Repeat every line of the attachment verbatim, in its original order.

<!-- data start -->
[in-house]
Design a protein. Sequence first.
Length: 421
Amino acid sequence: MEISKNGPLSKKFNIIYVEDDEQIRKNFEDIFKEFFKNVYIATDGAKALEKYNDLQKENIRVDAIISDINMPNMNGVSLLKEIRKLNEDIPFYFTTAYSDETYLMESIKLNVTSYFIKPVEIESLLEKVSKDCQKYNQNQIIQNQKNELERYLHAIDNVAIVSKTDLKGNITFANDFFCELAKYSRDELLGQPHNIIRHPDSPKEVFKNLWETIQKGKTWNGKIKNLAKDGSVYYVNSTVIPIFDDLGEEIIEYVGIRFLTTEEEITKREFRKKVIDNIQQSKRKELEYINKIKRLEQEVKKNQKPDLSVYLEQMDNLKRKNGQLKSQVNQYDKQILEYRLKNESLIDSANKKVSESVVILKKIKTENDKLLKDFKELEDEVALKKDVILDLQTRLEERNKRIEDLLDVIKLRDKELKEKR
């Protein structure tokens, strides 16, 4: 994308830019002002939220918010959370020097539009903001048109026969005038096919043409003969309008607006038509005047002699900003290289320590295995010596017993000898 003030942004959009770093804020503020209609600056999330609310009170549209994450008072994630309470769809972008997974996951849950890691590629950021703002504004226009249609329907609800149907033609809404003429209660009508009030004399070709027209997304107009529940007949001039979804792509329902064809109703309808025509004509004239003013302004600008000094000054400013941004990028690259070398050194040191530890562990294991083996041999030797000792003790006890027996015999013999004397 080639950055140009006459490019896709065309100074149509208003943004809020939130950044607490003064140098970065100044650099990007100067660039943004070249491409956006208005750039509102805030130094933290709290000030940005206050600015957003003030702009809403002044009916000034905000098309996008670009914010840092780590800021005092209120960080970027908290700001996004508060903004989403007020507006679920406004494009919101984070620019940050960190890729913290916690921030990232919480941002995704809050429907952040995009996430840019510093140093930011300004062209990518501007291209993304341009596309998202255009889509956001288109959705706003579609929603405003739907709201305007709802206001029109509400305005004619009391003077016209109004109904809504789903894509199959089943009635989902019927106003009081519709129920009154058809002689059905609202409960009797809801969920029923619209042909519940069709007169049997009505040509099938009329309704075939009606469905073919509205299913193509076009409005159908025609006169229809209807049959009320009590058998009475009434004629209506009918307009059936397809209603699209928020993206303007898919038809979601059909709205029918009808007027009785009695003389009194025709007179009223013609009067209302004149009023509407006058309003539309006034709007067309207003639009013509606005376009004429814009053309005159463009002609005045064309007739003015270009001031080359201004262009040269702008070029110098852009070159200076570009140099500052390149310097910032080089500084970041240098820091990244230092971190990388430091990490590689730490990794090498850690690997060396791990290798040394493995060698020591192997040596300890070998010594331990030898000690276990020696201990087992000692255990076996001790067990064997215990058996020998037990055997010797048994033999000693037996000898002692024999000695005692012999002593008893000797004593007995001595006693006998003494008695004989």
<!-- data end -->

[in-house]
Design a protein. Sequence first.
Length: 421
Amino acid sequence: MEISKNGPLSKKFNIIYVEDDEQIRKNFEDIFKEFFKNVYIATDGAKALEKYNDLQKENIRVDAIISDINMPNMNGVSLLKEIRKLNEDIPFYFTTAYSDETYLMESIKLNVTSYFIKPVEIESLLEKVSKDCQKYNQNQIIQNQKNELERYLHAIDNVAIVSKTDLKGNITFANDFFCELAKYSRDELLGQPHNIIRHPDSPKEVFKNLWETIQKGKTWNGKIKNLAKDGSVYYVNSTVIPIFDDLGEEIIEYVGIRFLTTEEEITKREFRKKVIDNIQQSKRKELEYINKIKRLEQEVKKNQKPDLSVYLEQMDNLKRKNGQLKSQVNQYDKQILEYRLKNESLIDSANKKVSESVVILKKIKTENDKLLKDFKELEDEVALKKDVILDLQTRLEERNKRIEDLLDVIKLRDKELKEKR
């Protein structure tokens, strides 16, 4: 994308830019002002939220918010959370020097539009903001048109026969005038096919043409003969309008607006038509005047002699900003290289320590295995010596017993000898 003030942004959009770093804020503020209609600056999330609310009170549209994450008072994630309470769809972008997974996951849950890691590629950021703002504004226009249609329907609800149907033609809404003429209660009508009030004399070709027209997304107009529940007949001039979804792509329902064809109703309808025509004509004239003013302004600008000094000054400013941004990028690259070398050194040191530890562990294991083996041999030797000792003790006890027996015999013999004397 080639950055140009006459490019896709065309100074149509208003943004809020939130950044607490003064140098970065100044650099990007100067660039943004070249491409956006208005750039509102805030130094933290709290000030940005206050600015957003003030702009809403002044009916000034905000098309996008670009914010840092780590800021005092209120960080970027908290700001996004508060903004989403007020507006679920406004494009919101984070620019940050960190890729913290916690921030990232919480941002995704809050429907952040995009996430840019510093140093930011300004062209990518501007291209993304341009596309998202255009889509956001288109959705706003579609929603405003739907709201305007709802206001029109509400305005004619009391003077016209109004109904809504789903894509199959089943009635989902019927106003009081519709129920009154058809002689059905609202409960009797809801969920029923619209042909519940069709007169049997009505040509099938009329309704075939009606469905073919509205299913193509076009409005159908025609006169229809209807049959009320009590058998009475009434004629209506009918307009059936397809209603699209928020993206303007898919038809979601059909709205029918009808007027009785009695003389009194025709007179009223013609009067209302004149009023509407006058309003539309006034709007067309207003639009013509606005376009004429814009053309005159463009002609005045064309007739003015270009001031080359201004262009040269702008070029110098852009070159200076570009140099500052390149310097910032080089500084970041240098820091990244230092971190990388430091990490590689730490990794090498850690690997060396791990290798040394493995060698020591192997040596300890070998010594331990030898000690276990020696201990087992000692255990076996001790067990064997215990058996020998037990055997010797048994033999000693037996000898002692024999000695005692012999002593008893000797004593007995001595006693006998003494008695004989």